Thought of Norea

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The Thought of Norea is a brief Sethian Gnostic text. The main surviving copies come from the Nag Hammadi library. The Thought of Norea is sometimes considered to belong to the New Testament apocrypha. It is one of the shorter texts of the Nag Hammadi collection and is estimated to have been written in the second century C.E.[1]


The text, consisting of 52 lines[2] (or 4 paragraphs), is an ode to Norea, one of the emanations in Gnostic cosmology, the syzygy of Adam, and Sophia after her fall from grace. Norea has several identities within Gnosticism: she can be Eve’s daughter and Seth’s wife and sister, or she can be Noah or Shem’s wife. In the Thought of Norea, she is connected to Sophia. She furthermore exemplifies the journey of the soul to acquire the divine knowledge necessary for salvation[1]

Sethian Gnosticism[edit]

The text is thought to be from the Sethian sect of Gnostics, the sect who view biblical Seth as their hero, who was reincarnated as Jesus. Their other texts include the Apocalypse of Adam, Apocryphon of John, the Three Steles of Seth, the Trimorphic Protennoia, and the Coptic Gospel of the Egyptians.


"Father of All, Ennoia of the Light, dwelling in the heights above the (regions) below, Light dwelling in the heights, Voice of Truth, upright Nous, untouchable Logos, and ineffable Voice, incomprehensible Father!

It is Norea who cries out to them. They heard, [and] they received her into her place forever. They gave it to her in the Father of Nous, Adamas, as well as the voice of the Holy Ones, in order that she might rest in the ineffable Epinoia, in order that [she] might inherit the first mind which [she] had received, and that [she] might rest in the divine Autogenes, and that she (too) might generate herself, just as she also has inherited the living Logos, and that she might be joined to all of the Imperishable Ones, and speak with the mind of the Father.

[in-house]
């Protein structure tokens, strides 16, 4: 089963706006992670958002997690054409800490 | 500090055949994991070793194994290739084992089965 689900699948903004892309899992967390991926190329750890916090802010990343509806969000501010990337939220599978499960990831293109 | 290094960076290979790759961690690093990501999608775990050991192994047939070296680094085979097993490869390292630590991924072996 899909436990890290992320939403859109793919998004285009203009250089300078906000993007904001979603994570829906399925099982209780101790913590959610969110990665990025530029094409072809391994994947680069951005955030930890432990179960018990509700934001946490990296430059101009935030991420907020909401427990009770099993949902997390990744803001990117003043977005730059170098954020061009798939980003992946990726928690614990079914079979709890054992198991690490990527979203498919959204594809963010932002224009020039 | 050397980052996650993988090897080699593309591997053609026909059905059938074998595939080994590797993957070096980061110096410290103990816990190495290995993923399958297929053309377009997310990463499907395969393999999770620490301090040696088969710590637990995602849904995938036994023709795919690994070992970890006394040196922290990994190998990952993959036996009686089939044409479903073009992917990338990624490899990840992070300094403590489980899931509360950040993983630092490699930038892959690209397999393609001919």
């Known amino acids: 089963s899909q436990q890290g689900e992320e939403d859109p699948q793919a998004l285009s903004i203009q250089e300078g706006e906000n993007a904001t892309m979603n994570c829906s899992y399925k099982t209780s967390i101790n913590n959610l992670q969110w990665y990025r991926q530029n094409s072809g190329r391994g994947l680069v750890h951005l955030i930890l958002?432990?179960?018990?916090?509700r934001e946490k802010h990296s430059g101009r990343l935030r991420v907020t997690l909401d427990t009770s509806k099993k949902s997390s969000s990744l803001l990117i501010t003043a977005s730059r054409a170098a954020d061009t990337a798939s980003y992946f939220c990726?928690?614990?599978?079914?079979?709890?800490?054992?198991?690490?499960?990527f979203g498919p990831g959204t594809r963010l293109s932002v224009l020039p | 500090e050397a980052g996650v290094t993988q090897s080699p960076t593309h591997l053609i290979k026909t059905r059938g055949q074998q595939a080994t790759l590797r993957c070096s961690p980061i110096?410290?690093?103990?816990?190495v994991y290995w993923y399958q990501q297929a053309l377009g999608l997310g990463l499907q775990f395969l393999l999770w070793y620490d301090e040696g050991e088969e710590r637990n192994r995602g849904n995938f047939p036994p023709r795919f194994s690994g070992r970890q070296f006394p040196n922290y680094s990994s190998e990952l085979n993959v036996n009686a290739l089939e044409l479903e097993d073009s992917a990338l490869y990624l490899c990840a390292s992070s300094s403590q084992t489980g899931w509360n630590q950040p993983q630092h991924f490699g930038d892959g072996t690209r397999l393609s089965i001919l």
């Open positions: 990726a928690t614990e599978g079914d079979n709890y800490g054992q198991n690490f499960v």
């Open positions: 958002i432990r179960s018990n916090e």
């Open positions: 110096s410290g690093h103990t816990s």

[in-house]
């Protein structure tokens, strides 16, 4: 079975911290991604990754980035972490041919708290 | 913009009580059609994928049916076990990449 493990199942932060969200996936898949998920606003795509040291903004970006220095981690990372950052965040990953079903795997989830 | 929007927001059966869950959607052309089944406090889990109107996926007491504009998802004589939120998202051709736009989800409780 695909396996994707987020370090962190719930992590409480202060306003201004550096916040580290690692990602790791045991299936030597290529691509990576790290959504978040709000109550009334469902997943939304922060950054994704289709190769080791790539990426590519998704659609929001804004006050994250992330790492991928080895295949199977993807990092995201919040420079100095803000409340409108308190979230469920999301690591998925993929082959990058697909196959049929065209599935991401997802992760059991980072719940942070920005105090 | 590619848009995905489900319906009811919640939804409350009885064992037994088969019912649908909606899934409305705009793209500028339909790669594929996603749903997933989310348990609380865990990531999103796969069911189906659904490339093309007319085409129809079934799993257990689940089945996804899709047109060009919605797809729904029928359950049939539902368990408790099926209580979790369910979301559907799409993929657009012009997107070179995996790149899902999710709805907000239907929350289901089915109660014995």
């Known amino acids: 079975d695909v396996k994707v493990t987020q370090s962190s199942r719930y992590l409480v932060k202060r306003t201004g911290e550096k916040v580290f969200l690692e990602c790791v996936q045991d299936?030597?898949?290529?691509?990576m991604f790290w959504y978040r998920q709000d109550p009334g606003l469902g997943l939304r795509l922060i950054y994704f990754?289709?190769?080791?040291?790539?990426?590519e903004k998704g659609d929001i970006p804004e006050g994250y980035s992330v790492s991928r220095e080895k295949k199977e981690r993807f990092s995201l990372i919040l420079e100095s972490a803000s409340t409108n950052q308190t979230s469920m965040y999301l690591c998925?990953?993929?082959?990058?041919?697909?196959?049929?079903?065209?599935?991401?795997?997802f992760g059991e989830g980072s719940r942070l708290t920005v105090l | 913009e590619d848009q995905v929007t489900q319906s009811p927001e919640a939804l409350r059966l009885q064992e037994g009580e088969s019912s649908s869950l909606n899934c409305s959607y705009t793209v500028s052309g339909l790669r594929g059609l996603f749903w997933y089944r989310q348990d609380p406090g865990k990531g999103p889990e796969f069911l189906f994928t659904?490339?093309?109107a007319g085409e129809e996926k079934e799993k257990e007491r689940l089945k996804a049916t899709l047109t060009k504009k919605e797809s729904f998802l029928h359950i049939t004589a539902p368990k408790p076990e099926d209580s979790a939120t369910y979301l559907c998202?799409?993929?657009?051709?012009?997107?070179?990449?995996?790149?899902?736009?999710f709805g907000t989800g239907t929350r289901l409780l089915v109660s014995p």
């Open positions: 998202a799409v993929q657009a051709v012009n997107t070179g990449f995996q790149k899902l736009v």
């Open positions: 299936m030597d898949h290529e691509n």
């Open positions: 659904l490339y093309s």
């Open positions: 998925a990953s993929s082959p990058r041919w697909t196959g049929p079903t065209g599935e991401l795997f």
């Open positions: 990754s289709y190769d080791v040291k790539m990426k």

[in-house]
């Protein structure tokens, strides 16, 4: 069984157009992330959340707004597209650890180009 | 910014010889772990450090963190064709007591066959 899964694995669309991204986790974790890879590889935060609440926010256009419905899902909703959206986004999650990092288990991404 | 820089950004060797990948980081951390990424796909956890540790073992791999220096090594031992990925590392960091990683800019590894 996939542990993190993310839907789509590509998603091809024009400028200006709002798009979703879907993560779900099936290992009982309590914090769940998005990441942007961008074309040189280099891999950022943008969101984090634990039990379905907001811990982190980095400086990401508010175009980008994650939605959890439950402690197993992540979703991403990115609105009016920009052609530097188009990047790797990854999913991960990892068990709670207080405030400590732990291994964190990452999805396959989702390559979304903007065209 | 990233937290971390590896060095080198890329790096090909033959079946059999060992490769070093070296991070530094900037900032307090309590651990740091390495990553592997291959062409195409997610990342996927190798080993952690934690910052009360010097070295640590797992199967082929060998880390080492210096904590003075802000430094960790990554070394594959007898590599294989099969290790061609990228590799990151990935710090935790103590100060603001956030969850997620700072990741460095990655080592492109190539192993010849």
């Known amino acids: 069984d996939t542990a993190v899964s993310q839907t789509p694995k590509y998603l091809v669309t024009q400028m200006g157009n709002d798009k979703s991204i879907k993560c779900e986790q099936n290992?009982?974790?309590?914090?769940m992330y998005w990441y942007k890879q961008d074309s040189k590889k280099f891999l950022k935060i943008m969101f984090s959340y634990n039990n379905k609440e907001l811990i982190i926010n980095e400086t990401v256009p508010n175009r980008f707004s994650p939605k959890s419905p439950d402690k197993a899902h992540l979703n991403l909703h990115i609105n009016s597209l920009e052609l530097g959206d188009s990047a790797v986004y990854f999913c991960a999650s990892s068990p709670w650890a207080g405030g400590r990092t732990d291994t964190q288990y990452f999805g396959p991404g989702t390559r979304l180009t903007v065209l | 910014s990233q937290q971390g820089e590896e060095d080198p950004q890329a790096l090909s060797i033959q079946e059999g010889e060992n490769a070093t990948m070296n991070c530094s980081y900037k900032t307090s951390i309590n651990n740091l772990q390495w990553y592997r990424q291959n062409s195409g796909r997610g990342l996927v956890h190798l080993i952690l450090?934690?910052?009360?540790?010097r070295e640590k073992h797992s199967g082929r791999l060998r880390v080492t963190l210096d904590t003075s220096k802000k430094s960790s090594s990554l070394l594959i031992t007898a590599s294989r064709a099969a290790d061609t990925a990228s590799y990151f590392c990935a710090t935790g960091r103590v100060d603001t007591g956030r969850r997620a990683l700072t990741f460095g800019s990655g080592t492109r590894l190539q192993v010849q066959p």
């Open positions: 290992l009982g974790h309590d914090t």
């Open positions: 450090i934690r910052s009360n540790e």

And she began to speak with the words of Life, and [she] remained in the presence of the Exalted One, possessing that which she had received before the world came into being. She has the great mind of the Invisible One, and she gives glory to [her] Father, and she dwells within those who [are actively awake] within the Pleroma, and she beholds the Pleroma.

There will be days when she will behold the Pleroma, and she will not be in deficiency, for she has the four holy helpers who intercede on her behalf with the Father of the All, Adamas. He it is who is within all of the Adams, possessing the thought of Norea, who speaks concerning the two names which create a single name."[3]


  1. ^ a b director, James M. Robinson (1977). The Nag Hammadi Library : Chenoposkion Manuscripts English (1st U.S. ed.). New York: Harper & Row. pp. 404–405. ISBN 0-06-066929-2.
  2. ^ Meyer, Marvin (2007). The Nag Hammadi scriptures. New York: HarperOne. ISBN 978-0-06-162600-5. OCLC 124538398.
  3. ^ Giversen, Søren; Pearson, Birger A. "The Thought of Norea - The Nag Hammadi Library". The Gnostic Society Library. Retrieved November 12, 2012.